loss.backward()
      
      # Perform optimization
      optimizer.step()
      
      # Print statistics
      current_loss += loss.item()
      if i % 500 == 499:
          print('Loss after mini-batch %5d: %.3f' %
                (i + 1, current_loss / 500))
          current_loss = 0.0

  # Process is complete.
  print('Training process has finished.')

After training: predicting new samples with your PyTorch model

The first thing to do when you want to generate new predictions is add matplotlib and numpy

import matplotlib.pyplot as plt
import numpy as np

You can then add the following code to predict new samples with your PyTorch model:

  • You first have to disable grad with torch.no_grad() or NumPy will not work properly.
  • This is followed by specifying information about the item from the MNIST dataset that you want to generate predictions for. You specify an index, load the item, and split it into an image and a true_target. Obviously, this can also be one of the images from your own dataset.
  • Generating a prediction is simple - you simply feed it to your mlp instance (here, mlp is the name of the instantiated nn.Model module, and can be anything depending on how you named the variable where you initialized your neural network).
  • The prediction is a Softmax generated list of probabilities across the possible classes - and you therefore have to turn it into a predicted_class variable with np.argmax. This takes the argument with the highest value, i.e. the highest probability.
  • This is followed by reshaping the image into a shape that can be used by Matplotlib for visualization. The default MNIST dataset represents images as (1, 28, 28) whereas Matplotlib requires (28, 28, 1).
  • Finally, you visualize the image, and set the prediction compared to the actual target as the title.
  # Disable grad
  with torch.no_grad():
    
    # Retrieve item
    index = 256
    item = dataset[index]
    image = item[0]
    true_target = item[1]
    
    # Generate prediction
    prediction = mlp(image)
    
    # Predicted class value using argmax
    predicted_class = np.argmax(prediction)
    
    # Reshape image
    image = image.reshape(28, 28, 1)
    
    # Show result
    plt.imshow(image, cmap='gray')
    plt.title(f'Prediction: {predicted_class} - Actual target: {true_target}')
    plt.show()

These are some of the results:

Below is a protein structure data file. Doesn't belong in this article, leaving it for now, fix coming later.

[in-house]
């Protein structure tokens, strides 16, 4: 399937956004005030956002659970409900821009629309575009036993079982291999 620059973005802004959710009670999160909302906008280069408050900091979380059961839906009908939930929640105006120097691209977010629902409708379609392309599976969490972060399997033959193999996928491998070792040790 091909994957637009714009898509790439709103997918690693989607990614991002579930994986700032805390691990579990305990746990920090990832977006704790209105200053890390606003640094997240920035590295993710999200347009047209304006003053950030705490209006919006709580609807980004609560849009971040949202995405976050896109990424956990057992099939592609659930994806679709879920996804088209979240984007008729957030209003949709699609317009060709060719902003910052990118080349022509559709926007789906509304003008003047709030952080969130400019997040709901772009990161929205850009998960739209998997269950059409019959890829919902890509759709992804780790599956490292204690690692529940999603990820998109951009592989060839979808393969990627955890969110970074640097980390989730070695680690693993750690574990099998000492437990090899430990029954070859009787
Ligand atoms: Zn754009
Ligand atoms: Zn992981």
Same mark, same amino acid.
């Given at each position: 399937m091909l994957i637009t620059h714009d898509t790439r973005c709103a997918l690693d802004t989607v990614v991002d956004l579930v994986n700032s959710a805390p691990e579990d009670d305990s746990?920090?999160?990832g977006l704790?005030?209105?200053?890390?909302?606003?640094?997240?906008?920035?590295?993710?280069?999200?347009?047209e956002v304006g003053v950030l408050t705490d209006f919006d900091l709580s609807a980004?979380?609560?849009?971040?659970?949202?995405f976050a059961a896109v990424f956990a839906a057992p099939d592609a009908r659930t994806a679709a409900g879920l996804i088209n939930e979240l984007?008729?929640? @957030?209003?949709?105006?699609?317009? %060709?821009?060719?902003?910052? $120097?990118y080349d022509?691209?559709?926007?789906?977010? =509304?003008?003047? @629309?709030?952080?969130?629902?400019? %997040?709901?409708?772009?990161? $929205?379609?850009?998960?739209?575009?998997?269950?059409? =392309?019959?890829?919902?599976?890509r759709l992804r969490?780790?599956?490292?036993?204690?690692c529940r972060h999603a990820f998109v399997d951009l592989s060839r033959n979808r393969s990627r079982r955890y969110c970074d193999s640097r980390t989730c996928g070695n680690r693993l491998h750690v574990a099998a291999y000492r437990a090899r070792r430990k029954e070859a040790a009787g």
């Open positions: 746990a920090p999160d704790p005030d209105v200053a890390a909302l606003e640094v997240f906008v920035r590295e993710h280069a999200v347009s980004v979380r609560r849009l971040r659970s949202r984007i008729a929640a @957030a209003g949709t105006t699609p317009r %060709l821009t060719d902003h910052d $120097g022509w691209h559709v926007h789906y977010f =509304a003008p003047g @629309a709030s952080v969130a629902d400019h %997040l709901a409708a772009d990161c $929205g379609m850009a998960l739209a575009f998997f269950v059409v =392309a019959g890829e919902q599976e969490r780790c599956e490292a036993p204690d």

Predicting new samples with a loaded PyTorch mdoel

You can also use a saved model for inference:

  # Disable grad
  with torch.no_grad():
    
    # Retrieve item
    index = 333
    item = dataset[index]
    image = item[0]
    true_target = item[1]
    
    # Loading the saved model
    save_path = './mlp.pth'
    mlp = MLP()
    mlp.load_state_dict(torch.load(save_path))
    mlp.eval()
    
    # Generate prediction
    prediction = mlp(image)
    
    # Predicted class value using argmax
    predicted_class = np.argmax(prediction)
    
    # Reshape image
    image = image.reshape(28, 28, 1)
    
    # Show result
    plt.imshow(image, cmap='gray')
    plt.title(f'Prediction: {predicted_class} - Actual target: {true_target}')
    plt.show()

It also works:


Recap

In this tutorial, we looked at how you can generate new predictions with your trained PyTorch model. Using a Multilayer Perceptron trained on the MNIST dataset, you have seen that it is very easy to perform inference - as easy as simply feeding the samples to your model instance.

Using code examples, you have seen how to perform this, as well as for the case when you load your saved PyTorch model in order to generate predictions.

I hope that you have learned something from this article! If you did, please feel free to leave a message in the comments section below 馃挰 Please do the same if you have any questions or remarks whatsoever. I'd love to hear from you :)

Thank you for reading MachineCurve today and happy engineering! 馃槑


References

StackExchange. (n.d.).聽What is the use of torch.no_grad in pytorch?聽Data Science Stack Exchange.聽https://datascience.stackexchange.com/questions/32651/what-is-the-use-of-torch-no-grad-in-pytorch